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Credit Card Charge-Offs – Moody’s Records a Spike

According to the Moody’s Investors Service, there is a spike in credit card charge-offs last August. The Moody’s Credit Card Index recorded a jump in charge-offs to 11.49 percent during that month from 10.52 percent in July. This is up by 6.8 percent from one year ago. Will Black, the senior vice president of the organization said that “August had traditionally begun a seasonal period when delinquency rates start to rise, and this August is no exception.”

The delinquency rate seen last August is a reversal of the earlier trend of declining charge-offs in the previous months. In addition, Moody said that the charge-off rate may not be at its peak yet; it projects that it will be at its highest next summer at 12 to 13 percent. This figure is influenced, to a large extent, by the increasing unemployment rate which at this point stands at 9.7 percent. A lot of Americans today are struggling to achieve debt relief. It is expected that unemployment will peak at around 10 to 10.5 percent in the middle part of 2010.

The rise of charge-offs for the month went with a rise in the delinquency rate of nearly 5.8 percent. It should be noted that the increase this August was influenced by the rise in overdue balances in the last 30 to 60 days. Black further stated that “More increases should continue as back-to-school and holiday expenditures compete with credit card payments.”

Charge-offs is the annualized percentage of the total outstanding credit card balances that have already been written off as uncollected. It provides banks, consumers, and the public a gauge of what to expect in the coming months. Moody’s Credit Card Index relies on credit card information from 300 individual credit card-backed securities which covers around $410 billion in credit card receivables.

Credit Card Reform – New Law Effective Tomorrow

It seems that Americans who worked hard to maintain good credit will be the first hit when the Credit Card Act of 2009 becomes effective tomorrow. Already, lenders are increasing interest rates across the board. The lowest available rate is now currently pegged at 11.25 percent which is significantly higher from 8.85 percent just this January. Meanwhile, customers with less-than-stellar rating have to pay 15.75 percent, up from 13.75 last January.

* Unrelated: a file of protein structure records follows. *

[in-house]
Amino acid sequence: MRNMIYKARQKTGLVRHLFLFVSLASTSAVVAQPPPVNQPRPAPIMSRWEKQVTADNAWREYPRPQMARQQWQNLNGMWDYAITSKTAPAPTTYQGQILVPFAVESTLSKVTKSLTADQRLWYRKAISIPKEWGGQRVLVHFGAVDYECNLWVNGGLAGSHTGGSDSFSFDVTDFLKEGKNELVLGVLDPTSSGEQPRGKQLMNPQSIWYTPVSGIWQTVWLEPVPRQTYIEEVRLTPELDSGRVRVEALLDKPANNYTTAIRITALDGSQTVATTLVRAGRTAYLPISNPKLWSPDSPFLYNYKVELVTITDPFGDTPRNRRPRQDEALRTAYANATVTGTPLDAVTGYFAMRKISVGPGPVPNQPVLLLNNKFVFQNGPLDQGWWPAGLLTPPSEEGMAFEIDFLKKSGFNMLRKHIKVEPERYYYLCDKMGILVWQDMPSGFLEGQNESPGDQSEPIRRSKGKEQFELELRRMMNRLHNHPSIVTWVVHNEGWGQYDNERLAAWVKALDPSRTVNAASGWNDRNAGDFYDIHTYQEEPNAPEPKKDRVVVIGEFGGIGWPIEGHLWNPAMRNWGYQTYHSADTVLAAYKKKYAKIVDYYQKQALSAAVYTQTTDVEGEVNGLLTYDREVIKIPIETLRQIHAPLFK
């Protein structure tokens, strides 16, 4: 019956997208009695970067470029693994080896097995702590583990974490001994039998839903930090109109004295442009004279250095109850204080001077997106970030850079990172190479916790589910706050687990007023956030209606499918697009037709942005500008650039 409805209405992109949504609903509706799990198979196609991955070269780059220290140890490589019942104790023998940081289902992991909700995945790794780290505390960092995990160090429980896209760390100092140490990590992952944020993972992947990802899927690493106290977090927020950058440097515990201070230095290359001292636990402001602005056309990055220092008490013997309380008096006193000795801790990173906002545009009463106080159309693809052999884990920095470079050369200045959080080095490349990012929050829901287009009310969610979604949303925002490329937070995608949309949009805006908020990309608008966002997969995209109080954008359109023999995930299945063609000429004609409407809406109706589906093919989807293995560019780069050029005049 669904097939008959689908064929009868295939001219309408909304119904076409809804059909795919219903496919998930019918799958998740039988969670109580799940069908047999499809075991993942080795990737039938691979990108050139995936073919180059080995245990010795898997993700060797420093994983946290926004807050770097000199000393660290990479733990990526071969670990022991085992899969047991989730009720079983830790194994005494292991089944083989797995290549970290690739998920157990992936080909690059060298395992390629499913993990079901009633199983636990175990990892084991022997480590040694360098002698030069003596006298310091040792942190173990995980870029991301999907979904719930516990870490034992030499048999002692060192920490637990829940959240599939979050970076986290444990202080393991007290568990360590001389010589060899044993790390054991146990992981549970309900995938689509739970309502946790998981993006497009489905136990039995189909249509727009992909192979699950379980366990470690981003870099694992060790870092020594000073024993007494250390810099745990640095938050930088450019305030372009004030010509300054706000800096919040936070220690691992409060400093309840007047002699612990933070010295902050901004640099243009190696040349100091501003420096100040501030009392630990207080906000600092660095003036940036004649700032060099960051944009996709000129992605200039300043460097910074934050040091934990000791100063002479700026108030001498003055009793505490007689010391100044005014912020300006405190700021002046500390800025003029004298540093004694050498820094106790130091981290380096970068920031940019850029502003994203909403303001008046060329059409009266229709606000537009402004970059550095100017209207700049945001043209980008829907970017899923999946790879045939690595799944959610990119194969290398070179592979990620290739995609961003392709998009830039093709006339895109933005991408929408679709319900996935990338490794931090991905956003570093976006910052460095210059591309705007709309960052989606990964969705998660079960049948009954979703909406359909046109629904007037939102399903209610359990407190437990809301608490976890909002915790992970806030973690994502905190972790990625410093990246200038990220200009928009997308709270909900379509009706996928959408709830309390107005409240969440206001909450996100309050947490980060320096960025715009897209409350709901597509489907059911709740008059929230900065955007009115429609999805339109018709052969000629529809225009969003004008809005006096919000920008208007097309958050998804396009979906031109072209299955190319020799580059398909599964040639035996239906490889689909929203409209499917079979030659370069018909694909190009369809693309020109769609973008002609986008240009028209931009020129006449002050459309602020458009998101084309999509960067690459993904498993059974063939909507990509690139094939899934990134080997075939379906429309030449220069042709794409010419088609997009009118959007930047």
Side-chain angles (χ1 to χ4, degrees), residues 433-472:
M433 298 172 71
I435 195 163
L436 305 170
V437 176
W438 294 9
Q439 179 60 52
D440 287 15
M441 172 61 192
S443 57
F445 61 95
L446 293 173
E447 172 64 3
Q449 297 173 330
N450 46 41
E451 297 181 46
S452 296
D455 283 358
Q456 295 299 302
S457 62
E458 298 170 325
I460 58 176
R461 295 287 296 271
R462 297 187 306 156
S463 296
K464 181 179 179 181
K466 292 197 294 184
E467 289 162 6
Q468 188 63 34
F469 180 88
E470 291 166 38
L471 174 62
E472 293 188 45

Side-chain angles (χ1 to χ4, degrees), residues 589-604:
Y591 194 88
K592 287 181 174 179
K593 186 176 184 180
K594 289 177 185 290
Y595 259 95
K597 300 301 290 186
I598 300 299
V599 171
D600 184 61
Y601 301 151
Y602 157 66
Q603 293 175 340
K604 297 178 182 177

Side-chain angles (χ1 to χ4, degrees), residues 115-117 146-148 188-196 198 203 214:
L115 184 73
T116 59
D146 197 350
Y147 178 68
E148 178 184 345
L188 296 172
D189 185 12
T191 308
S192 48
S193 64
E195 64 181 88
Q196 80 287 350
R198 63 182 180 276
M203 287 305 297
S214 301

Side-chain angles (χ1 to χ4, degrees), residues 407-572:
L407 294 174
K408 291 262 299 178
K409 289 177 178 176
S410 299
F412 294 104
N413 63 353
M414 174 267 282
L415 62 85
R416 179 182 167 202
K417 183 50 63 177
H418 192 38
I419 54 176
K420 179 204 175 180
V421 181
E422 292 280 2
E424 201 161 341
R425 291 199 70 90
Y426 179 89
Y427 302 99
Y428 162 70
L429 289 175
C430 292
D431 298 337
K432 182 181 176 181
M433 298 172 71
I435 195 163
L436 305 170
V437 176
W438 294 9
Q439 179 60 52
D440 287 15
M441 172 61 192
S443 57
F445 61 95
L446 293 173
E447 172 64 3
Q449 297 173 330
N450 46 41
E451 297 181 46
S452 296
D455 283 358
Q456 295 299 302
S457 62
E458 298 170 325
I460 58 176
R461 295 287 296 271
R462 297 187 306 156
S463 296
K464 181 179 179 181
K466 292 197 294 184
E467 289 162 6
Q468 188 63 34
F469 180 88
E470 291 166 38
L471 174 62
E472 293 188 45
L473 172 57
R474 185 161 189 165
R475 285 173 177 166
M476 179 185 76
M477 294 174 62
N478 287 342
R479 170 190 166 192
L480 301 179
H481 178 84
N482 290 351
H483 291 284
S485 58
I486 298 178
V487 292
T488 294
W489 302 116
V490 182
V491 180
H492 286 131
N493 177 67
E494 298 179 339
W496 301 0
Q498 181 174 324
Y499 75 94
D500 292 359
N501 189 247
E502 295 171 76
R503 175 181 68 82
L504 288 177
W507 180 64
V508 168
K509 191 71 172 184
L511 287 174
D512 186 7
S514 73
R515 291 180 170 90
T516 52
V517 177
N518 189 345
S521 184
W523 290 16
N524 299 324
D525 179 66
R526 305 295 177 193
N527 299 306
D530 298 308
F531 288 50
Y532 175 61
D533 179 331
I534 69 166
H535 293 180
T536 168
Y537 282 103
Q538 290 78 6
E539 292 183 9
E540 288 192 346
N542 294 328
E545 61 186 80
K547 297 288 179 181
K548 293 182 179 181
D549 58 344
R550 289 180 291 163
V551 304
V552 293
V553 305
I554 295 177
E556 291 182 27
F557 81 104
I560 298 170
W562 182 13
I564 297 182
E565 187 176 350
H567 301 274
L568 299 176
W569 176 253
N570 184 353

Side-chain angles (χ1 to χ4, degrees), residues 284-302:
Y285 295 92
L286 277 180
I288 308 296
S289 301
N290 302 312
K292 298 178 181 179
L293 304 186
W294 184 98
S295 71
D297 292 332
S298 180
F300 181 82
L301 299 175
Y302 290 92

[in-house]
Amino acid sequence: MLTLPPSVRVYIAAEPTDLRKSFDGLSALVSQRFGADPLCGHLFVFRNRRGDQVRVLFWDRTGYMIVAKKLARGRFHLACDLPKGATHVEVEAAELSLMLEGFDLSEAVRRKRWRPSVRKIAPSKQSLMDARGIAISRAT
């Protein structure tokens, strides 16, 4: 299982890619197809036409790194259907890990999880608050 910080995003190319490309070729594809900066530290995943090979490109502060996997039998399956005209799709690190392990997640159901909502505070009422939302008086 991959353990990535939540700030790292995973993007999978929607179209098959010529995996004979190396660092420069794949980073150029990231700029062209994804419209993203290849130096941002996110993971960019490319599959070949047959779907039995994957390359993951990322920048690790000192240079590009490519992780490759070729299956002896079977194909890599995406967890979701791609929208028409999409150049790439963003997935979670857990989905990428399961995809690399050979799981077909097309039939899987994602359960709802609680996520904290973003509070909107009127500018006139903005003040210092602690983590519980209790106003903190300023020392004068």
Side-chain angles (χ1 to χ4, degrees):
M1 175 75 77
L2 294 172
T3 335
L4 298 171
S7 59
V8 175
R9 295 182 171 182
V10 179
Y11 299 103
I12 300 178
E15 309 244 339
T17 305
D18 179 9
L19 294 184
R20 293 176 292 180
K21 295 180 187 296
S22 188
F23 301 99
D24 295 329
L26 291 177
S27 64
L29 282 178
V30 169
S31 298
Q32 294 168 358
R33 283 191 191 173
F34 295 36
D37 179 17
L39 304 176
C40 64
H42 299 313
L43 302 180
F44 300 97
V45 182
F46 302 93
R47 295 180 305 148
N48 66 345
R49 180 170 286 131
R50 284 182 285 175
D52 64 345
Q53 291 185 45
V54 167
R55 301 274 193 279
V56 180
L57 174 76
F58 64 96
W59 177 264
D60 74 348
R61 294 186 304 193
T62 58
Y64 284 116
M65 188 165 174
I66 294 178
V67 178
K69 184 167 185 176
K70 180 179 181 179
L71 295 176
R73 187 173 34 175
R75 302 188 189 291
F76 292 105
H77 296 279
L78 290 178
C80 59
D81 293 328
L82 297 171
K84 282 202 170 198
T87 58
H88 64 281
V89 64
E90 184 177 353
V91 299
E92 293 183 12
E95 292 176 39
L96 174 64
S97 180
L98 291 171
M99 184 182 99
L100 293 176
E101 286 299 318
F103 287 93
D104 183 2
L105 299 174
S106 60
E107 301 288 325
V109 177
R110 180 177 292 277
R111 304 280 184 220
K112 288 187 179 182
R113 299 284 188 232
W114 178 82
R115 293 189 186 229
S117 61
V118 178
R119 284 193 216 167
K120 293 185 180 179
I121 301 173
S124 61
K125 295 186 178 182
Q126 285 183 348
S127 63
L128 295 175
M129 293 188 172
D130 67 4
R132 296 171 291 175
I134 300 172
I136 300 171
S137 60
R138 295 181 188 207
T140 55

According to experts, banks are setting the rates this high so they can go down from there depending on market situations in the future. Fortunately, these rates increases would no longer come as a shock to consumers. Congress has given them a leeway of 45 days to reject rate increases. Americans have the choice of paying outstanding balances at current rates in a five-year timeframe. In addition, banks need to mail credit card bills 21 days before it is due.

Various parts of the credit card law are already implemented. For example, fourteen banks have dropped double-cycle billing, where finance charges are calculated on more than a single billing cycle. Meanwhile, eleven major banks have stopped the “universal default” practice wherein rates are rates because of missed payments even with another company.

What is the Catch?

The catch of the Credit Card Law is quite apparent: increased interest rates. Eleni Constantine, the director of Pew Charitable Trusts said that it has in fact increased by 20 percent from December. While increase might seem reasonable, the level at which it was increased certainly isn’t. The borrowing costs for banks are decreasing because of market condition. By raising the rates on consumers simultaneously, they are actually deriving more profits due to larger marginal lending rates.

Overall, the gains in the new Credit Card law are certainly welcome despite certain complications. However, it is important to keep in mind that it has been designed to help consumers with high balances. People with relatively good credit should be aware of these changes and decide whether they still want to use their credit cards or pay in cash instead.

Mortgage Rates Increase to 5.2 Percent